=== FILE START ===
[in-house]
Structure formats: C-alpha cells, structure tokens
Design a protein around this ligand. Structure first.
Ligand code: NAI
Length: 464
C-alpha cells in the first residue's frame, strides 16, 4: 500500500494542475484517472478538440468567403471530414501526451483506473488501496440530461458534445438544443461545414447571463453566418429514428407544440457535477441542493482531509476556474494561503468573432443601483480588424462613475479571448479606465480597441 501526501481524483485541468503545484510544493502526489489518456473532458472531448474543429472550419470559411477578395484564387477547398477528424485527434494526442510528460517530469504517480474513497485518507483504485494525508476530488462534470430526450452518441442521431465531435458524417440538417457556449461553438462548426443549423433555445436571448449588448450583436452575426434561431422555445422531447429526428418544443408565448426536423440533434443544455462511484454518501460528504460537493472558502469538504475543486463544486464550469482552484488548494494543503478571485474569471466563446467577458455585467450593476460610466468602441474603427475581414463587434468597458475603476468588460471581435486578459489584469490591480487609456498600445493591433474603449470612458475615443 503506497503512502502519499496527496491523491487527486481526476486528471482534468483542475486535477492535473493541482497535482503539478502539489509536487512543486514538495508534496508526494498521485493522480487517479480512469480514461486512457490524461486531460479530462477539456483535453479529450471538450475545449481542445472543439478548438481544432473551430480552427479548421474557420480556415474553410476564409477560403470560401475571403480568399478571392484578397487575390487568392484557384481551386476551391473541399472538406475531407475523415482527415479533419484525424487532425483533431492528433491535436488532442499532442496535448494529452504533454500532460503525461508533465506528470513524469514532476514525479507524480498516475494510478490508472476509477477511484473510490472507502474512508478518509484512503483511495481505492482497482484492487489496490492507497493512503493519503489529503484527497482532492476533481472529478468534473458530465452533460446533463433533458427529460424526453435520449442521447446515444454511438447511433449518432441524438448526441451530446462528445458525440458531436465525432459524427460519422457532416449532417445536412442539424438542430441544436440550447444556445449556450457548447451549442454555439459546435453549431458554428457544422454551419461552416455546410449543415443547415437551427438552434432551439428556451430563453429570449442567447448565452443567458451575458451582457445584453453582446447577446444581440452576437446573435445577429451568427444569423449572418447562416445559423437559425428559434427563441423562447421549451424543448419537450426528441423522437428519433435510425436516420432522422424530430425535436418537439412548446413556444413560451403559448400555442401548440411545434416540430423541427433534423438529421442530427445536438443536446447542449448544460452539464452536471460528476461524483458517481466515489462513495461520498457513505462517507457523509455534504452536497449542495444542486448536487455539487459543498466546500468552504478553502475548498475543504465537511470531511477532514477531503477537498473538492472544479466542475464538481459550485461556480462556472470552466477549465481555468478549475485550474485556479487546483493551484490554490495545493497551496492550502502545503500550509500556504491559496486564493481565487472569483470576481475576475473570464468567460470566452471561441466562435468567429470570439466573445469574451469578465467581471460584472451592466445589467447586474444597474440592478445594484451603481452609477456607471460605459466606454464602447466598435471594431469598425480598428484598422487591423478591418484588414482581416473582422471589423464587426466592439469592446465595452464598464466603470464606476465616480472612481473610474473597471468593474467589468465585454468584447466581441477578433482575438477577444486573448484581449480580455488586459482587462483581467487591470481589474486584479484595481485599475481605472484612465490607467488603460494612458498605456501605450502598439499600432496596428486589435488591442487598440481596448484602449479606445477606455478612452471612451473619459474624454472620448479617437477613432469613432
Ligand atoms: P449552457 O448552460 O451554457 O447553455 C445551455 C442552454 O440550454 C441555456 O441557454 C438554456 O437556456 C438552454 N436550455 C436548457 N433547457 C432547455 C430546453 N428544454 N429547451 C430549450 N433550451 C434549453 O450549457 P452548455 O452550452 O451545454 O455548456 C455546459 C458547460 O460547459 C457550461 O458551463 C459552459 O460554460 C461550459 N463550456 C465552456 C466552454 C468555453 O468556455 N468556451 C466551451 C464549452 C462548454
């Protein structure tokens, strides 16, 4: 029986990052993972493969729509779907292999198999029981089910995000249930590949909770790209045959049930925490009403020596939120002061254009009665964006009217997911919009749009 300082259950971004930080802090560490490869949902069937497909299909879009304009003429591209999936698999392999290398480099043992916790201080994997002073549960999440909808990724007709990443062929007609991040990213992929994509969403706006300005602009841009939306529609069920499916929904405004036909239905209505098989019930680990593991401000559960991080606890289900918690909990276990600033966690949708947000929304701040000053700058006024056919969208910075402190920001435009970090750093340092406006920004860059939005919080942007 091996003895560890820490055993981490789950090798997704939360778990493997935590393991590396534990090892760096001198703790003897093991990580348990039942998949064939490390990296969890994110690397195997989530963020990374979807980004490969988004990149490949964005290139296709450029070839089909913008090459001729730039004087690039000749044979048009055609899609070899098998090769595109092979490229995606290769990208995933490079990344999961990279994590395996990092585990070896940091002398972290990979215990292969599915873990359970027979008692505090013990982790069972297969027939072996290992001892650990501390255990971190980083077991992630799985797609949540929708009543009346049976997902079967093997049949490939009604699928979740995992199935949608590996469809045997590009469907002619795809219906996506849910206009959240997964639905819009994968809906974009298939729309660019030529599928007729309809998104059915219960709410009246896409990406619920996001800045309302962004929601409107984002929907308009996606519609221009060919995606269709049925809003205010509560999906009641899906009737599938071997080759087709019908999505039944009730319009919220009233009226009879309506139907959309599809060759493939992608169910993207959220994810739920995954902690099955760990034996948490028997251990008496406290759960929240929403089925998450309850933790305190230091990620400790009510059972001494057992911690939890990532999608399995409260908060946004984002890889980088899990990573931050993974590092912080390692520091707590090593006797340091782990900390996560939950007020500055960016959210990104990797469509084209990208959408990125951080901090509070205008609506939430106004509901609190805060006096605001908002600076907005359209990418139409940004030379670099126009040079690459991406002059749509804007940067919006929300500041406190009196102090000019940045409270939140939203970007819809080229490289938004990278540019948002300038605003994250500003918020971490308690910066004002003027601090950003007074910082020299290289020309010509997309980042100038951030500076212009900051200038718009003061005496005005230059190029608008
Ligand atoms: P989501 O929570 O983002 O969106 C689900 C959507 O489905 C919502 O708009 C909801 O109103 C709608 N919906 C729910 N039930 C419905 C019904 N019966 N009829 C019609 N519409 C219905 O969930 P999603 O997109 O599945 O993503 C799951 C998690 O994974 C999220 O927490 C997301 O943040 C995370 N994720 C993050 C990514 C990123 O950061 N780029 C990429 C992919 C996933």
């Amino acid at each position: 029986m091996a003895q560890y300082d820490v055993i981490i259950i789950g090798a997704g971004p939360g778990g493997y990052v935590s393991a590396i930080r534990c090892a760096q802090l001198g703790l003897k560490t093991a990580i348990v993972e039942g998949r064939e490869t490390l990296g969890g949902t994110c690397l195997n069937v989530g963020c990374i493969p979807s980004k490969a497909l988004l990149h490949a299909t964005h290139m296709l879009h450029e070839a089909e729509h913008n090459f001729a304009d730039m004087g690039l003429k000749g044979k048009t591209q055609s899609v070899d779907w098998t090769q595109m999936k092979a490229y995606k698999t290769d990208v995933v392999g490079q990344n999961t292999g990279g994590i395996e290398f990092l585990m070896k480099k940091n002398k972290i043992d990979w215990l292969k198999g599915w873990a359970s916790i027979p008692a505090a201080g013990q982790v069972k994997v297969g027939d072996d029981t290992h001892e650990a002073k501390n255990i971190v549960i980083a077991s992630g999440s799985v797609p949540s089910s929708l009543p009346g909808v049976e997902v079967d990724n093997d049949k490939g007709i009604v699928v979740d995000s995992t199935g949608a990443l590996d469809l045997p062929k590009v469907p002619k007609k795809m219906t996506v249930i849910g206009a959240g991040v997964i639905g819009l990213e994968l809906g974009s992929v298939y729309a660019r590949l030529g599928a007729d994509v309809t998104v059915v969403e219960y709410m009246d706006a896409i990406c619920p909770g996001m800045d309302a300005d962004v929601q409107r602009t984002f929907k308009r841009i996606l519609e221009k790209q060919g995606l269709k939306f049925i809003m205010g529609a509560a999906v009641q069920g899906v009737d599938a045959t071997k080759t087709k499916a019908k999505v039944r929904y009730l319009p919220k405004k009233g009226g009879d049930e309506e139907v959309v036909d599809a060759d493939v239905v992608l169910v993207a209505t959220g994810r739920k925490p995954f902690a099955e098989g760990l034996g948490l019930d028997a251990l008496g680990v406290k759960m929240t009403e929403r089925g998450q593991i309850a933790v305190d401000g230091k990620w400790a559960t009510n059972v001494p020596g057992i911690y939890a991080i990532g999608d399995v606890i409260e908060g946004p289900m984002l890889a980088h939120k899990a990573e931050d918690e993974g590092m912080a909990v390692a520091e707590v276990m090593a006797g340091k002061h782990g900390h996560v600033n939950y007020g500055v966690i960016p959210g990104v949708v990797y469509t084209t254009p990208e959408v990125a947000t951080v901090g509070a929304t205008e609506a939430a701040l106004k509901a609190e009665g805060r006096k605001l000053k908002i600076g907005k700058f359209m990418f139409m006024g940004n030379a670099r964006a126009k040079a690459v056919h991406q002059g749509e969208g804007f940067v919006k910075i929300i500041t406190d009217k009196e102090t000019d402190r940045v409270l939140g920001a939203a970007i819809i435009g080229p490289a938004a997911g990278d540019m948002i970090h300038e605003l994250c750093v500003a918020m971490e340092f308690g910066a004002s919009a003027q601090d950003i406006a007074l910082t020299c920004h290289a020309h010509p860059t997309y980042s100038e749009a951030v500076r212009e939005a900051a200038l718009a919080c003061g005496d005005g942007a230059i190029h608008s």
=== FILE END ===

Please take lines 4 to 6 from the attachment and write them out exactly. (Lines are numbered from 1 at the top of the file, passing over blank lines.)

Ligand code: NAI
Length: 464
C-alpha cells in the first residue's frame, strides 16, 4: 500500500494542475484517472478538440468567403471530414501526451483506473488501496440530461458534445438544443461545414447571463453566418429514428407544440457535477441542493482531509476556474494561503468573432443601483480588424462613475479571448479606465480597441 501526501481524483485541468503545484510544493502526489489518456473532458472531448474543429472550419470559411477578395484564387477547398477528424485527434494526442510528460517530469504517480474513497485518507483504485494525508476530488462534470430526450452518441442521431465531435458524417440538417457556449461553438462548426443549423433555445436571448449588448450583436452575426434561431422555445422531447429526428418544443408565448426536423440533434443544455462511484454518501460528504460537493472558502469538504475543486463544486464550469482552484488548494494543503478571485474569471466563446467577458455585467450593476460610466468602441474603427475581414463587434468597458475603476468588460471581435486578459489584469490591480487609456498600445493591433474603449470612458475615443 503506497503512502502519499496527496491523491487527486481526476486528471482534468483542475486535477492535473493541482497535482503539478502539489509536487512543486514538495508534496508526494498521485493522480487517479480512469480514461486512457490524461486531460479530462477539456483535453479529450471538450475545449481542445472543439478548438481544432473551430480552427479548421474557420480556415474553410476564409477560403470560401475571403480568399478571392484578397487575390487568392484557384481551386476551391473541399472538406475531407475523415482527415479533419484525424487532425483533431492528433491535436488532442499532442496535448494529452504533454500532460503525461508533465506528470513524469514532476514525479507524480498516475494510478490508472476509477477511484473510490472507502474512508478518509484512503483511495481505492482497482484492487489496490492507497493512503493519503489529503484527497482532492476533481472529478468534473458530465452533460446533463433533458427529460424526453435520449442521447446515444454511438447511433449518432441524438448526441451530446462528445458525440458531436465525432459524427460519422457532416449532417445536412442539424438542430441544436440550447444556445449556450457548447451549442454555439459546435453549431458554428457544422454551419461552416455546410449543415443547415437551427438552434432551439428556451430563453429570449442567447448565452443567458451575458451582457445584453453582446447577446444581440452576437446573435445577429451568427444569423449572418447562416445559423437559425428559434427563441423562447421549451424543448419537450426528441423522437428519433435510425436516420432522422424530430425535436418537439412548446413556444413560451403559448400555442401548440411545434416540430423541427433534423438529421442530427445536438443536446447542449448544460452539464452536471460528476461524483458517481466515489462513495461520498457513505462517507457523509455534504452536497449542495444542486448536487455539487459543498466546500468552504478553502475548498475543504465537511470531511477532514477531503477537498473538492472544479466542475464538481459550485461556480462556472470552466477549465481555468478549475485550474485556479487546483493551484490554490495545493497551496492550502502545503500550509500556504491559496486564493481565487472569483470576481475576475473570464468567460470566452471561441466562435468567429470570439466573445469574451469578465467581471460584472451592466445589467447586474444597474440592478445594484451603481452609477456607471460605459466606454464602447466598435471594431469598425480598428484598422487591423478591418484588414482581416473582422471589423464587426466592439469592446465595452464598464466603470464606476465616480472612481473610474473597471468593474467589468465585454468584447466581441477578433482575438477577444486573448484581449480580455488586459482587462483581467487591470481589474486584479484595481485599475481605472484612465490607467488603460494612458498605456501605450502598439499600432496596428486589435488591442487598440481596448484602449479606445477606455478612452471612451473619459474624454472620448479617437477613432469613432